The Two Gallivants

Recommended budget accommodation in Phnom Penh: Khmer Stay Guesthouse

Our approach to finding accommodation in the early days of our travels was simply to turn up and hope for the best. Free spirited and bohemian as it may seem, it often led to hassle when we were at a loss for finding somewhere decent to stay.

That’s how it looked for us when we arrived in the Cambodian capital, fending off over zealous tuk tuk guys at the bus station and walking around aimlessly before realising we were a long way from any backpacker areas. So we settled for an upmarket eatery with WiFi so we could check online for places to stay in Phnom Penh and get our bearings.

We were a good few hours searching on the interweb as most decent looking places we found were booked up or too expensive. The situation was getting critical, the staff looked at us like we were taking the piss staying so long and buying so little and we were starting to bitch at each other. Then…salvation!

Emily came across a little place called Khmer Stay Guesthouse, which looked cosy, was close to the river (where we understood all the action to be), and was only US$9 for a double room per night (their website now says rooms start from US$15 but that’s definitely not the case from a quick look at booking sites). So we made reservations and hopped in a tuk tuk to our new lodgings.

It was a little hard to spot when we got to the street, as the guesthouse is nestled in a row of terraced buildings which all look the same. So here’s its location on a map and if you still get lost, it’s just across the street from the swanky and very noticeable Elite Boutique Hotel.

As you can see from the map, Khmer Stay is in a very convenient spot indeed. It is only a 10 minute walk north in a straight line to the Central Market and 10 minute walk east in a straight line to the bustling riverside and the Royal Palace (although we didn’t exactly fall in love with the Palace when we visited).

The first room we were given was a clean, decent sized double room on the second floor with a large bathroom. It wasn’t great though as it had no natural light, smelt slightly of damp and the Wifi didn’t work. A little dismayed and already planning our exit, I told the owner the issues and he at once said that he would change our room. He gave us one on the top floor with a little balcony overlooking the city (which we shared with the other guests on our floor, although no-one else used it save a girl we made friends with) and right beside the Wifi router for a great connection. All for the same price. The room and the bathroom were smaller than the first room and I think the bed was supposedly a single, but it was as big as many double beds back home and it was comfortable. Here’s a pic of Emily lazing on the bed (apologies for the mess!)…

room at Khmer Stay GuesthouseAs you can see it’s not the Ritz, but it’s good value when you’re hoofing it with a backpack on the cheap! These are the views we had of the city and some kamikaze builders from the balcony…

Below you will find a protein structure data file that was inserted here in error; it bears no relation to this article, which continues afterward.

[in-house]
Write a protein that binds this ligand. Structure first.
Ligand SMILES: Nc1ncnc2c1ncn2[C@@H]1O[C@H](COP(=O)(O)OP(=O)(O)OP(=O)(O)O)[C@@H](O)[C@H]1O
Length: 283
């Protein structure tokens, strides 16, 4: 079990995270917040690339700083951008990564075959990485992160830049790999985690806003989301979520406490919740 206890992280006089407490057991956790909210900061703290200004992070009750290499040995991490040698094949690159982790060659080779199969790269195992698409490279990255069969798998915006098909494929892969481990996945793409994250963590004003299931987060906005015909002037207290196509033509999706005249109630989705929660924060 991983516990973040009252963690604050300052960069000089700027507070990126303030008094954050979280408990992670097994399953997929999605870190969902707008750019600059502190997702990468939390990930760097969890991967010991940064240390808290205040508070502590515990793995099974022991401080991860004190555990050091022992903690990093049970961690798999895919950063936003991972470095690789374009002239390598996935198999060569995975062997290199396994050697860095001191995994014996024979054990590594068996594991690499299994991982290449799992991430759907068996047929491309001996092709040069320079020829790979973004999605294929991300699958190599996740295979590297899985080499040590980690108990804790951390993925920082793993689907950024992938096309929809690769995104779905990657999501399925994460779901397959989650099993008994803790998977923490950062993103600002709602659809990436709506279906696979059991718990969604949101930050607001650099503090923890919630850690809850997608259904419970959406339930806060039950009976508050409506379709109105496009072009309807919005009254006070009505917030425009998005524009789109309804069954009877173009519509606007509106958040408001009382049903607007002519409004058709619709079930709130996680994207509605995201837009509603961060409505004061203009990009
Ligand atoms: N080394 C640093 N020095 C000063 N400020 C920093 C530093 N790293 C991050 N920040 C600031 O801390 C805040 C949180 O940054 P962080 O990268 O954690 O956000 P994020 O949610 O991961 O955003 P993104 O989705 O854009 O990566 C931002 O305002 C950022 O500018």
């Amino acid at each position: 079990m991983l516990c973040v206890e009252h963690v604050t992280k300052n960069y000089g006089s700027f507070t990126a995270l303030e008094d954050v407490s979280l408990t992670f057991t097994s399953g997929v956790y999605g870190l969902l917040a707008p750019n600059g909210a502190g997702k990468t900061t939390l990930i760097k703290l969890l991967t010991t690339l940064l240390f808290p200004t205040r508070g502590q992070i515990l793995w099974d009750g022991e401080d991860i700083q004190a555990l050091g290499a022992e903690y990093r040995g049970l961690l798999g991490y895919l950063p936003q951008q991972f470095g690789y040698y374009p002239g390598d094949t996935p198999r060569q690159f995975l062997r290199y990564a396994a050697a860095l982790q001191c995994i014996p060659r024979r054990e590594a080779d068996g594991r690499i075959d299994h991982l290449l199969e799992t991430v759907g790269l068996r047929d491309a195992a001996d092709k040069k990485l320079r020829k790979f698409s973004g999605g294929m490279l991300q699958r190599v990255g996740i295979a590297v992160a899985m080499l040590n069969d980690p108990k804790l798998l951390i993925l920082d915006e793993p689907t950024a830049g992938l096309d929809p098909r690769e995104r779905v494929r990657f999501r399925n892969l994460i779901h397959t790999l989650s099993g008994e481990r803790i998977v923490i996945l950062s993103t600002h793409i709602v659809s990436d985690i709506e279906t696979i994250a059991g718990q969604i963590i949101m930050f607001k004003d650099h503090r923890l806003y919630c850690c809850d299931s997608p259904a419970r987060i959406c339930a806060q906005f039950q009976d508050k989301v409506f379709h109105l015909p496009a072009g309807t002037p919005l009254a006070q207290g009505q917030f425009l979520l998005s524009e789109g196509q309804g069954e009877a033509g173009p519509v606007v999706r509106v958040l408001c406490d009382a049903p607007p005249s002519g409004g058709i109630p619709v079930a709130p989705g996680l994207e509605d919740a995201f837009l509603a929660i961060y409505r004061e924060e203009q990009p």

balcony

the white building opposite is Elite Boutique Hotel

view form balcony at Khmer Stay GuesthouseAside from the owner of the guesthouse who was there quite often and spoke very good English, he had three younger helpers. Two of whom helped with hotel type stuff and the other was the resident tuk tuk driver. We used the tuk tuk guy often, including to take us to the brilliant and eye opening Killing Fields, which we talked about in a recent post. The other two guys served food and drinks and did odd jobs. They both came in really handy when someone on our floor discovered that we could open each other’s doors with our respective keys (which apparently happens a lot in Cambodia!). So they set to work and changed the locks straight away.

The owner also arranged for our Cambodian visas to be extended an extra month for US$48 each and arranged our three month Vietnamese visas for US$107 each. Yes, we did pay extra than if we arranged those ourselves, but factoring in transport costs to and from the various government buildings and the obligatory brain melt of dealing with that stuff, I think we done OK. We got our passports back with the visas after 5 days and we had no problems when leaving Cambodia and entering Vietnam.

We didn’t try the food at the guesthouse as we usually ate at the riverside, although the beer was cheap, as it is everywhere in Cambodia! We had some good nights relaxing at Khmer Stay with a few drinks, new friends that we met there and chatting with the owner and the other staff who all knew a little English and were very friendly and accommodating.

So, if you’re in Phnom Penh and fancy a change from the usual backpacker hostels at maybe even cheaper prices, check out Khmer Stay.

Have you been to Khmer Stay? What did you think of it?

Declan

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